Borodino's Church. (The Cupola Has a Hole). Borodino
On September 7, 1812, during the invasion of Russia by Emperor Napoleon I of France, Russian and French armies clashed on the Borodino battlefield, situated to the west of Moscow. Overlooking one part of the battlefield was the Church of the Nativity of Christ, an elevated brick structure built in 1697–1701. The ornamental design includes an octagonal bell tower in the west, and a larger octahedron under the main dome in the east. The domes culminate in high decorative crosses. The church also had a lower altar, dedicated to the Smolensk Icon of the Mother of God, which in 1839 became the primary dedication of the church. This icon was revered as a protector against Russia’s enemies from the west. The caption notes traces of artillery damage, which can be seen on the surface of the main dome. The image is by Russian photographer Sergei Mikhailovich Prokudin-Gorskii (1863–1944), who used a special color photography process to create a visual record of the Russian Empire in the early 20th century. Some of Prokudin-Gorskii’s photographs date from about 1905, but the bulk of his work is from between 1909 and 1915, when, with the support of Tsar Nicholas II and the Ministry of Transportation, he undertook extended trips through many parts of the empire. In connection with the centenary of the 1812 Napoleonic campaign against Russia, Prokudin-Gorskii photographed sites along the invasion route in 1911 and 1912.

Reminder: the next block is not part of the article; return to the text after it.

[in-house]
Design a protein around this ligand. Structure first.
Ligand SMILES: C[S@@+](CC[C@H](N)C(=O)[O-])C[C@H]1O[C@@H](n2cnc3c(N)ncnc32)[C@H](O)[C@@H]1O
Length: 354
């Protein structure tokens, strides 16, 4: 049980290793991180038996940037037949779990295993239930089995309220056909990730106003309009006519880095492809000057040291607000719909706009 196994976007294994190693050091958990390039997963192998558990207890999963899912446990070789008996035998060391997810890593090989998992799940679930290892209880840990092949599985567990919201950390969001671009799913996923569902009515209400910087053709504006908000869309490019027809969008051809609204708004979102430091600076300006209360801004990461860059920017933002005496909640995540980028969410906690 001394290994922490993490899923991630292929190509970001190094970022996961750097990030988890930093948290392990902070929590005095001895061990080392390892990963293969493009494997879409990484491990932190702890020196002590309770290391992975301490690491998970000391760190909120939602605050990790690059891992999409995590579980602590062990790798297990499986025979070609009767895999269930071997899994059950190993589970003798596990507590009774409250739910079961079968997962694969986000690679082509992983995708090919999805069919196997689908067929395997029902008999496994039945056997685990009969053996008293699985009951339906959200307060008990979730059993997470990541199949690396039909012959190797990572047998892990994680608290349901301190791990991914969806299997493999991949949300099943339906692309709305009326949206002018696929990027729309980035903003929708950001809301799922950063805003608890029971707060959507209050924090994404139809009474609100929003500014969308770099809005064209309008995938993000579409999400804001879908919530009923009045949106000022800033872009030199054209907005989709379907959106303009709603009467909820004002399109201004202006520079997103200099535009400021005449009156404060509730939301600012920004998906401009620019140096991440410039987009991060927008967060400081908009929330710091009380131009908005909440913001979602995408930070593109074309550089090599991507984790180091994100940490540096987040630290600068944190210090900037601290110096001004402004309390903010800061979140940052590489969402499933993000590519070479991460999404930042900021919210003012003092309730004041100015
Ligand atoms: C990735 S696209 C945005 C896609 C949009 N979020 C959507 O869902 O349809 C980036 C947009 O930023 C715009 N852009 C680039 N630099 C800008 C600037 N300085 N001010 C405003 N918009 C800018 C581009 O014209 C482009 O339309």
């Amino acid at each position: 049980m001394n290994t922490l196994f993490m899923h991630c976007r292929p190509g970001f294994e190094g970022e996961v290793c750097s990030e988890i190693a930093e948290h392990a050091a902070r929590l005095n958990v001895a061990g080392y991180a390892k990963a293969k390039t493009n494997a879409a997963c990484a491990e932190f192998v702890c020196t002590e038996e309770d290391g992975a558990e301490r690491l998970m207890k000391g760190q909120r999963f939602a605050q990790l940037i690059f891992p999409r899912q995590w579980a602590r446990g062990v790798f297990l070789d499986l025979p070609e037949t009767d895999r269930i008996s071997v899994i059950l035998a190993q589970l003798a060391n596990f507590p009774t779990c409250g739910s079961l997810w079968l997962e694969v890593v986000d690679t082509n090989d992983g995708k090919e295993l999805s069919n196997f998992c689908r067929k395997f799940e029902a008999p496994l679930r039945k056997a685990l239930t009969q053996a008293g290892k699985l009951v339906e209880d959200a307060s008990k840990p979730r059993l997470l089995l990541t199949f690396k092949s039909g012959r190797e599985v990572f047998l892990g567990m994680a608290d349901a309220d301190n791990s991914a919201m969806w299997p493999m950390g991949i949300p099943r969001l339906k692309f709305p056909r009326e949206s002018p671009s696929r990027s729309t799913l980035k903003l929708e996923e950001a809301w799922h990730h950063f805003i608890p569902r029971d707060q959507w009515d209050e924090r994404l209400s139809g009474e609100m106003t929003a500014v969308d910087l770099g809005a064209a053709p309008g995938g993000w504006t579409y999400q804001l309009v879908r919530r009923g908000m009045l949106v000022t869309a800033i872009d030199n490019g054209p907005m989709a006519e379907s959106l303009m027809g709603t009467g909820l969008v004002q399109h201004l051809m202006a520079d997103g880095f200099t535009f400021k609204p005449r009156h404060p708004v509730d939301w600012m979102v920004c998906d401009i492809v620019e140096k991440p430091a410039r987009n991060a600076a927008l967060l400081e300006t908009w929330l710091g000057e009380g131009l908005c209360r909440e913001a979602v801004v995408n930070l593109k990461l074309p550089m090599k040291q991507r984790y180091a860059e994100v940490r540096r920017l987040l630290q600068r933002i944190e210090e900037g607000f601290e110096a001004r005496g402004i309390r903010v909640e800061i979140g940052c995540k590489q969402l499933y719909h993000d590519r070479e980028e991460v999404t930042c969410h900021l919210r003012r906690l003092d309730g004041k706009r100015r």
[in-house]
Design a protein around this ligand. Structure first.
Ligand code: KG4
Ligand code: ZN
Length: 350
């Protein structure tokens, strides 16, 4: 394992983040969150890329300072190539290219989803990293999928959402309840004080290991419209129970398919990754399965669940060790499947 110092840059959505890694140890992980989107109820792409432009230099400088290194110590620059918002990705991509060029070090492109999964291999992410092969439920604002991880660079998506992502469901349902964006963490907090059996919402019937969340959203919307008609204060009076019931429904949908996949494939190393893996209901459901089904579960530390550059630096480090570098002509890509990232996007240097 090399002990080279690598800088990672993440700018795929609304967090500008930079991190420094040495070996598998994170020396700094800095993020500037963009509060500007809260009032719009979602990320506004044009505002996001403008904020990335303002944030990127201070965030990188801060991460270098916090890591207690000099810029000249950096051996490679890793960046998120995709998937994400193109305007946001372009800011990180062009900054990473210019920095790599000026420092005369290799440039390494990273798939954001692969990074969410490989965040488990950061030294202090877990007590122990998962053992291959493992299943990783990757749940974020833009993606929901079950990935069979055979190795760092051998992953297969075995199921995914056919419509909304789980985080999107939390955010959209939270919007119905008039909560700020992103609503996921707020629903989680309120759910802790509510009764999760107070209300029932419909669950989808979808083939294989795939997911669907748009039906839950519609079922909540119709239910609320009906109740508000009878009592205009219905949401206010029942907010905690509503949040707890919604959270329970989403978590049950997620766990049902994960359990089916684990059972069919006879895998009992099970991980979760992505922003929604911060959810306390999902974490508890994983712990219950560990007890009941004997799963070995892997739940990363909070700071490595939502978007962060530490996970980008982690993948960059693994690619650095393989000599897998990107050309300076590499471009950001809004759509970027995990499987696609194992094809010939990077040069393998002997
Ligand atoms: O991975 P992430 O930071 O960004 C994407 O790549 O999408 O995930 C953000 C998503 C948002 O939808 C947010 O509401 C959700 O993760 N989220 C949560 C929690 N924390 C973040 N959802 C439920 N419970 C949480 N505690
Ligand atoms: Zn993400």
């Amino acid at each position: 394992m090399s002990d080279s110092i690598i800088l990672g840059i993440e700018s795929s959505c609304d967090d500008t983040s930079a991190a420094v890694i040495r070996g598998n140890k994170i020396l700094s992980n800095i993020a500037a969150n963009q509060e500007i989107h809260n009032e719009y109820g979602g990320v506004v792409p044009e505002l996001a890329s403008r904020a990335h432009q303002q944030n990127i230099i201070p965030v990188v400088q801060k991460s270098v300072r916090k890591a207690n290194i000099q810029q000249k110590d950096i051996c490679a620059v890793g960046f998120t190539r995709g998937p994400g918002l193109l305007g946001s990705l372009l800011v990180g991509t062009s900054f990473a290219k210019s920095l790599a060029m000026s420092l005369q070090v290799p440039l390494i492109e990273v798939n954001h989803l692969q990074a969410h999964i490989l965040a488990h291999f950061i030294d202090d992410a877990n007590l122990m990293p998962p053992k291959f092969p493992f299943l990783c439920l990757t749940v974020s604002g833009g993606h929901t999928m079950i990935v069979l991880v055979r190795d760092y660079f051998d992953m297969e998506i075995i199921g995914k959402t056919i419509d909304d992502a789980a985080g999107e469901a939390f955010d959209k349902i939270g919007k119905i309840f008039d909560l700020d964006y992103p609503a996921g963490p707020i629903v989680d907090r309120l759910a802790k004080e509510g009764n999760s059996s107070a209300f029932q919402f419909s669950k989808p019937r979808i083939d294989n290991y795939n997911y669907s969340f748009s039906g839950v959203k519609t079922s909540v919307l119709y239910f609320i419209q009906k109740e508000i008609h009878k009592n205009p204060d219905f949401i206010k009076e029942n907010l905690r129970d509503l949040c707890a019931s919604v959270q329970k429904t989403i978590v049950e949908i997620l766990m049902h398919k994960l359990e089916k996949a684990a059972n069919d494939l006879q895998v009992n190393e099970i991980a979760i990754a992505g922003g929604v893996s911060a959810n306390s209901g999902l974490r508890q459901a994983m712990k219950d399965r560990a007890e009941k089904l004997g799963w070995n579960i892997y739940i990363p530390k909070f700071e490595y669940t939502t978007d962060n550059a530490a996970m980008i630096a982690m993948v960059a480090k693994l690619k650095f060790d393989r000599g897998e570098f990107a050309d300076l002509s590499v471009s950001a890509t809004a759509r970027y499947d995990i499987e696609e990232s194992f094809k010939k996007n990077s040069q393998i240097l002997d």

Title in Original Language
Бородинская церковь. (На куполе пробоина). Бородино
Type of Item
Glass negative (presented as a digital color composite)
- Prokudin-Gorskii’s photographic work survives primarily in two forms: 1,901 black-and-white triple-frame glass plate negatives, made with color separation filters, which Prokudin-Gorskii used to make color prints and lantern slides; and 12 albums of sepia-tone prints, made from the glass negatives, which Prokudin-Gorskii compiled as a record of his travels and studies. The Library of Congress purchased the glass plate negatives and the albums from the Prokudin-Gorskii family in 1948. In 2004, the Library of Congress had digital color composites made from all the surviving glass negatives using a software algorithm to automatically align the color components. As with most historical photographs, title and subject identifications are corrected and enhanced through new research. Current information on the collection is at http://www.loc.gov/pictures/collection/prok/.
Last updated: September 23, 2016